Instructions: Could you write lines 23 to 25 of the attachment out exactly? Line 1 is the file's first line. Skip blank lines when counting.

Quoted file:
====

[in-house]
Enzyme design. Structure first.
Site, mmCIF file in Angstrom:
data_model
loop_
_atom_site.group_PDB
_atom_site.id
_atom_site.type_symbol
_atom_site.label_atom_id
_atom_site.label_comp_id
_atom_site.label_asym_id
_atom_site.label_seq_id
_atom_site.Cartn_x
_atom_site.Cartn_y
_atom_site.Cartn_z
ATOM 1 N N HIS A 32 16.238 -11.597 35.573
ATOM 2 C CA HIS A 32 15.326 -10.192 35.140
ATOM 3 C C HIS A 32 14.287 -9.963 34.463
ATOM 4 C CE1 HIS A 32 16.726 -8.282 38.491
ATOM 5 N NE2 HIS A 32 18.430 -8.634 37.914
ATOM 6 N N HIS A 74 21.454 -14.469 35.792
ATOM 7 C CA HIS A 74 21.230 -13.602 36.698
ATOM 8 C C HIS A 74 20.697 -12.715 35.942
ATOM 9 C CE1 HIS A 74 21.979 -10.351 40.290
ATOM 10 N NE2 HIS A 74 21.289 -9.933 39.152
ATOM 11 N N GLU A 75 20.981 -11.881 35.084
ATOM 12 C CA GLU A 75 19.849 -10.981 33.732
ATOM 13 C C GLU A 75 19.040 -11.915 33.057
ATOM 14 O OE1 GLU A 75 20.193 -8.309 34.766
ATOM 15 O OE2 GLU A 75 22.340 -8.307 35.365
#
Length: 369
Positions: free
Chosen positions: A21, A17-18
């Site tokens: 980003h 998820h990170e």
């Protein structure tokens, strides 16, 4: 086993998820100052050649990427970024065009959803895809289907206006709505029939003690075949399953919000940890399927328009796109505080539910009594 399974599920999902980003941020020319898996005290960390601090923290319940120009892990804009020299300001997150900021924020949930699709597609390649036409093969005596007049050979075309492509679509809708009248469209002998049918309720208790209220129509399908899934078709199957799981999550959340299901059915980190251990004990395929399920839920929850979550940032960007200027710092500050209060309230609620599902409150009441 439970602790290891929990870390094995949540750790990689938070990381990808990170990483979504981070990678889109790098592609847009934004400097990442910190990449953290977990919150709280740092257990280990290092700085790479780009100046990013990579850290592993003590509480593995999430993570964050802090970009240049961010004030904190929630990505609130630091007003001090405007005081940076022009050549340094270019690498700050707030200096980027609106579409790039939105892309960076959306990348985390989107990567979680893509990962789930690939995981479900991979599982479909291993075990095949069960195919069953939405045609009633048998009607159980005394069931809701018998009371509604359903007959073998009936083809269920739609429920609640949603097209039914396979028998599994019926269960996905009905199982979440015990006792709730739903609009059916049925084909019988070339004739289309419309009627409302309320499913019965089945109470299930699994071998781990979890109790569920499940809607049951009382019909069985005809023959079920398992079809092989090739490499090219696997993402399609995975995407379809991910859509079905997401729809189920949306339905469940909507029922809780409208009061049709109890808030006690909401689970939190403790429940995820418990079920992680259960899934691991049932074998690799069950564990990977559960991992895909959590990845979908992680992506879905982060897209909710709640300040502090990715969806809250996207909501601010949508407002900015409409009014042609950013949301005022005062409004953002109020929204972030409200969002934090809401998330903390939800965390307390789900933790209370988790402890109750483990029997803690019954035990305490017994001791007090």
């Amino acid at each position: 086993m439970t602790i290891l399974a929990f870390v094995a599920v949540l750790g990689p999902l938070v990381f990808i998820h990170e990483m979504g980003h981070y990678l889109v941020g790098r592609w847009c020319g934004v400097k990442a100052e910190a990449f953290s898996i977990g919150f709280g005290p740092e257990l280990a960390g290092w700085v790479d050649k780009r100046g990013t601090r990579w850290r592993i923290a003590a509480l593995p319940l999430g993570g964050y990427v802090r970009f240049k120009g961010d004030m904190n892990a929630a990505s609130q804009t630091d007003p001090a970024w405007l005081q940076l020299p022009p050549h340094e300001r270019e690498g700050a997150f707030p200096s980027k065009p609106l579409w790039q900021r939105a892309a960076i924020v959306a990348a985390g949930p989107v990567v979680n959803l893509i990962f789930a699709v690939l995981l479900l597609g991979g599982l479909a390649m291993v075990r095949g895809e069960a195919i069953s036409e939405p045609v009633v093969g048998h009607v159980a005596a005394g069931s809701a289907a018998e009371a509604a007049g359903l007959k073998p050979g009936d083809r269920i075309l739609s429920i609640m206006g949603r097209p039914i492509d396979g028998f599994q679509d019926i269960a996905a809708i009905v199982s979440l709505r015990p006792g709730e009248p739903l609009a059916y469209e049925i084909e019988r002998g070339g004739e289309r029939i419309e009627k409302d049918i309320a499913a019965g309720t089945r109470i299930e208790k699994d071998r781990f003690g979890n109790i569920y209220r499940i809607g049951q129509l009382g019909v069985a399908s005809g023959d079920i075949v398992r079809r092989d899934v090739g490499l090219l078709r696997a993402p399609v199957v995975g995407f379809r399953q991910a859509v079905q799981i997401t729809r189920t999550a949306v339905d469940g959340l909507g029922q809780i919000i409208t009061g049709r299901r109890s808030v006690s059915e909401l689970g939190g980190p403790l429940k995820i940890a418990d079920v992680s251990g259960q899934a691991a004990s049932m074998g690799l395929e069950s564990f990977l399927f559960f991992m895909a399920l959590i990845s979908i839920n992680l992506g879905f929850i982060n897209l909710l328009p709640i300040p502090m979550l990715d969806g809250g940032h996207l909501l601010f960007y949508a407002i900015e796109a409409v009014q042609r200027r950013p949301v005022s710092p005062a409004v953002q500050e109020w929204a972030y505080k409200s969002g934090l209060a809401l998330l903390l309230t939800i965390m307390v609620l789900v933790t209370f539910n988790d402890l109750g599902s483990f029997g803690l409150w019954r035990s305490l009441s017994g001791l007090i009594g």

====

ATOM 8 C C HIS A 74 20.697 -12.715 35.942
ATOM 9 C CE1 HIS A 74 21.979 -10.351 40.290
ATOM 10 N NE2 HIS A 74 21.289 -9.933 39.152